To professorship and policy

Ankit Sharma looks to address global politics and inequalities as both an academic and an organizer

Ankit Sharma’s research focuses on gender inequality and global politics.

Ankit Sharma set out to attend UC Santa Cruz because of its commitments to interdisciplinary research and social justice. The university’s educational values inspired him to make the long journey from Noida, India to Santa Cruz. 

Sharma researches and teaches on issues related to global politics, development, social and labor movements, and gender inequalities. He is grateful to UCSC’s Sociology Department for allowing him conduct graduate research across a variety of disciplines. In 2021 he was awarded the Jessica L. Roy Memorial Award.

The Jessica L. Roy Memorial Award commemorates the work and legacy of Jessica Roy, whose work for women’s rights and water safety in Kenya is immortalized in a permanent endowment for graduate students focusing on an equitable distribution of natural resources, especially in the context of equity for women. 

Sharma’s graduate research in gender inequality and global politics has earned him a past accolade from The Social Science Research Council for his dissertation “World(s) of Precarity: Place-making, time, and Labor struggles of informal workers in Delhi.”  

Sharma’s work heavily depends on his work in India, which became difficult during the COVID-19 pandemic. The inability to do field research for the duration of the pandemic put a damper on his work schedule. With the help of the Jessica L. Roy Memorial Award, Sharma can build from a strong foundation as he works on his research on both sides of the planet.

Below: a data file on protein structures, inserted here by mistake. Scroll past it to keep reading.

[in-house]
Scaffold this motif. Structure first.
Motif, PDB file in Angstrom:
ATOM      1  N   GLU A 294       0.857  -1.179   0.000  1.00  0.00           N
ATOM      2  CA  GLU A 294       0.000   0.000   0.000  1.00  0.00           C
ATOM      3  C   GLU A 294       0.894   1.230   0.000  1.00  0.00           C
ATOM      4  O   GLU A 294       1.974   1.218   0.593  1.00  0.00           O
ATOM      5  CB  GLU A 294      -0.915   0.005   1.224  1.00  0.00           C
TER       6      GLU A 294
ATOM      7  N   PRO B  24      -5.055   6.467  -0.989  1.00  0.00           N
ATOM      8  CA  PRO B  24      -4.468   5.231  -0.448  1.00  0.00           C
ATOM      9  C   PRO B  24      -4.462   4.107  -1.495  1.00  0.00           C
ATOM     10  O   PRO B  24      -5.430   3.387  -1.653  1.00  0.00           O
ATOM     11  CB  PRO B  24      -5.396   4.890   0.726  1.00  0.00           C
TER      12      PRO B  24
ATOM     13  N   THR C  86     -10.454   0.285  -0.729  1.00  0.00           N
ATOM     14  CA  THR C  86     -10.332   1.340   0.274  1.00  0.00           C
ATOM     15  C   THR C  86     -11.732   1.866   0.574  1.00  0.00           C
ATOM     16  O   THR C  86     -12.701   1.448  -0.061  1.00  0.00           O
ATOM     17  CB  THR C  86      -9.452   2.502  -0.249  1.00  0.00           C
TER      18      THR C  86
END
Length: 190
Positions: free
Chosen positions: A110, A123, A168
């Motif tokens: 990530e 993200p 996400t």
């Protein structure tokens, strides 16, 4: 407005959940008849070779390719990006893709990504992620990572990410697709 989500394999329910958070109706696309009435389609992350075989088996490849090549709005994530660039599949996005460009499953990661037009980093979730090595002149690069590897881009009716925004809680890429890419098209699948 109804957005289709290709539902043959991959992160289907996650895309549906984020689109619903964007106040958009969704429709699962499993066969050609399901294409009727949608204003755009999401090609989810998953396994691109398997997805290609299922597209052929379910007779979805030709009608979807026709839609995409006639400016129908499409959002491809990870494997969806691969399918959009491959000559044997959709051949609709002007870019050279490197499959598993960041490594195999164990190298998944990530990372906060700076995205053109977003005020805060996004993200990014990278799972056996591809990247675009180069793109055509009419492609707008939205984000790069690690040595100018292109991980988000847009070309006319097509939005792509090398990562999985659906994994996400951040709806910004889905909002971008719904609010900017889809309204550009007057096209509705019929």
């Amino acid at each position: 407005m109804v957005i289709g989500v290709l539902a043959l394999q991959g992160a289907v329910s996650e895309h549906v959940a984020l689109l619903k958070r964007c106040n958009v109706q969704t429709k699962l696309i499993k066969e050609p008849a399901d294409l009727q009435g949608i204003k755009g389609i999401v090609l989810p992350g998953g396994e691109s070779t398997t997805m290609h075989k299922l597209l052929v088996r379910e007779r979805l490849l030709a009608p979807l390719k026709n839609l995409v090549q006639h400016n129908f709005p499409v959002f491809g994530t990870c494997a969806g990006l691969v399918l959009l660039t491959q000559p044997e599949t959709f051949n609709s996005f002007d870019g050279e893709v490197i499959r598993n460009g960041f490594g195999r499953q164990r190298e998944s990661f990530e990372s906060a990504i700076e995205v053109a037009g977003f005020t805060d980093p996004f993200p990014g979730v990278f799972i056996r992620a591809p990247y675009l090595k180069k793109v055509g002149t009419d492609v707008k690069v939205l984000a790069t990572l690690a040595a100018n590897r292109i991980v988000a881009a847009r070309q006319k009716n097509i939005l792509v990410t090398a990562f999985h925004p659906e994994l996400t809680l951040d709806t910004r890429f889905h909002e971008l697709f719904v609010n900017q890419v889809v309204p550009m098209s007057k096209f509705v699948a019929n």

“As an international student, I am generally supposed to be on a timeline and the award has provided critical support in a time when I have been figuring how to start/travel to my field to remain on track with things.”

Sharma credits UCSC with developing his interdisciplinary viewpoint, in ethnographic courses that have proved critical to his work in sociological studies. What especially stood out to Sharma in his education was how holistically engaged his peers were in the material: not only did he find eye-opening discussion and discourse in his graduate-level courses, but also in the conversations between the undergraduate students he taught as a TA. 

“I have loved taking critical classes on ethnographies of work, movements, feminism, and many others,” Sharma said. “The amazing part is that such discussions don’t stop there and enter into spaces of discussion sections, while working as a TA, with undergraduates.”

Sharma’s fields of study, from gender inequality to equitable distribution, are as myriad as his goals for post-graduate work. After completing his degree, Sharma hopes to contribute to combatting the inequalities of the world alongside becoming a professor. 

“I hope to continue researching and teaching on issues related to global politics, development, social and labor movements, and gender inequalities,” he said. “My ideal situation will be to have a combination of being full-time professor, policy work, and grassroots organizing.”